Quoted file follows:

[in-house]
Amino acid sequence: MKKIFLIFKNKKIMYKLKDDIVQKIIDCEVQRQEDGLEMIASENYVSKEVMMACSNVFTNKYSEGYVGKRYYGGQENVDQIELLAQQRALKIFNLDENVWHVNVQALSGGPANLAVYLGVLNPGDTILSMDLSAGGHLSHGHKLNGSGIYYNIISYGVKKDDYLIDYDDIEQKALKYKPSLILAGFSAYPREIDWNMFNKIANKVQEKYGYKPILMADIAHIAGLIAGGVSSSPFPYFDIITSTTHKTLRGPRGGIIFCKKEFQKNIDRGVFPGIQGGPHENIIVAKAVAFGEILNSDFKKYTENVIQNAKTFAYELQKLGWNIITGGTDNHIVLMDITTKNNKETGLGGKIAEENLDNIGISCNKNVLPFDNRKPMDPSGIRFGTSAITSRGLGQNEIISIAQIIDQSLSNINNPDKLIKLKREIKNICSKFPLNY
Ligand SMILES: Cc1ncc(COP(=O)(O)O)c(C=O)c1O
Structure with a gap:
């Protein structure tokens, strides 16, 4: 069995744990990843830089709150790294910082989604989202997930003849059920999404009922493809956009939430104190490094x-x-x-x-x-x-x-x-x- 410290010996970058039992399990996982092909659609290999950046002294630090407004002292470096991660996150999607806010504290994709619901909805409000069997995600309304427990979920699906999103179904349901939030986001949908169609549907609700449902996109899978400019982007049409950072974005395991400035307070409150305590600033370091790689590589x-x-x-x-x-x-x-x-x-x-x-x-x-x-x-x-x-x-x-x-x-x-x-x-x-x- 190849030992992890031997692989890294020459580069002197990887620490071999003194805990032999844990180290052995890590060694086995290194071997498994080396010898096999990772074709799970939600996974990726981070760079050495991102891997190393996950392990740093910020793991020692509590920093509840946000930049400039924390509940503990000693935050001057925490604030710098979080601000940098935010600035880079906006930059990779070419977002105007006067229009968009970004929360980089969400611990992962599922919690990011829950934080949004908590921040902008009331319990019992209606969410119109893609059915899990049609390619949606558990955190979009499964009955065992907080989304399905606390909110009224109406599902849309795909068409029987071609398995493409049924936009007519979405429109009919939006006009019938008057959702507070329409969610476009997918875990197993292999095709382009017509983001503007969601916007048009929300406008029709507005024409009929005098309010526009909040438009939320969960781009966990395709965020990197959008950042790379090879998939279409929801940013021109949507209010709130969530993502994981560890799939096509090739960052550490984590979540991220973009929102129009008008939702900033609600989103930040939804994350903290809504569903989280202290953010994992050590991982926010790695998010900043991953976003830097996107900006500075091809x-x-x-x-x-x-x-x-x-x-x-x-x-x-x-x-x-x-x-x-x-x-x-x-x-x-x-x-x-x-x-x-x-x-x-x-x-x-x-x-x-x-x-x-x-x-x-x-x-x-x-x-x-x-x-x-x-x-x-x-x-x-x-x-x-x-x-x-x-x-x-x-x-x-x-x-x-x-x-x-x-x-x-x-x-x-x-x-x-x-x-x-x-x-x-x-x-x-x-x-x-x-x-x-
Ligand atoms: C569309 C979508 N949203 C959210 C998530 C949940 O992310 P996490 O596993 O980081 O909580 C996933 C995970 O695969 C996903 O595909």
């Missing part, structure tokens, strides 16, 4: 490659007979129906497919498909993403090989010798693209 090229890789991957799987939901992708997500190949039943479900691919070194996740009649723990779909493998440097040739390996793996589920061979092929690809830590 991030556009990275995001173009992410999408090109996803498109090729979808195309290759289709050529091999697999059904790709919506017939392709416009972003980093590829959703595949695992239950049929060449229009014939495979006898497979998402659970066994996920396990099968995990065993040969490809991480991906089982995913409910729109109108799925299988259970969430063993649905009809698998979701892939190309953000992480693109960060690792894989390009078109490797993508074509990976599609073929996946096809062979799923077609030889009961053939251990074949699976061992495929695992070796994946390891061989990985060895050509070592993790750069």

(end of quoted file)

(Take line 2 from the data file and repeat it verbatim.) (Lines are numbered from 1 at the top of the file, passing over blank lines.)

Amino acid sequence: MKKIFLIFKNKKIMYKLKDDIVQKIIDCEVQRQEDGLEMIASENYVSKEVMMACSNVFTNKYSEGYVGKRYYGGQENVDQIELLAQQRALKIFNLDENVWHVNVQALSGGPANLAVYLGVLNPGDTILSMDLSAGGHLSHGHKLNGSGIYYNIISYGVKKDDYLIDYDDIEQKALKYKPSLILAGFSAYPREIDWNMFNKIANKVQEKYGYKPILMADIAHIAGLIAGGVSSSPFPYFDIITSTTHKTLRGPRGGIIFCKKEFQKNIDRGVFPGIQGGPHENIIVAKAVAFGEILNSDFKKYTENVIQNAKTFAYELQKLGWNIITGGTDNHIVLMDITTKNNKETGLGGKIAEENLDNIGISCNKNVLPFDNRKPMDPSGIRFGTSAITSRGLGQNEIISIAQIIDQSLSNINNPDKLIKLKREIKNICSKFPLNY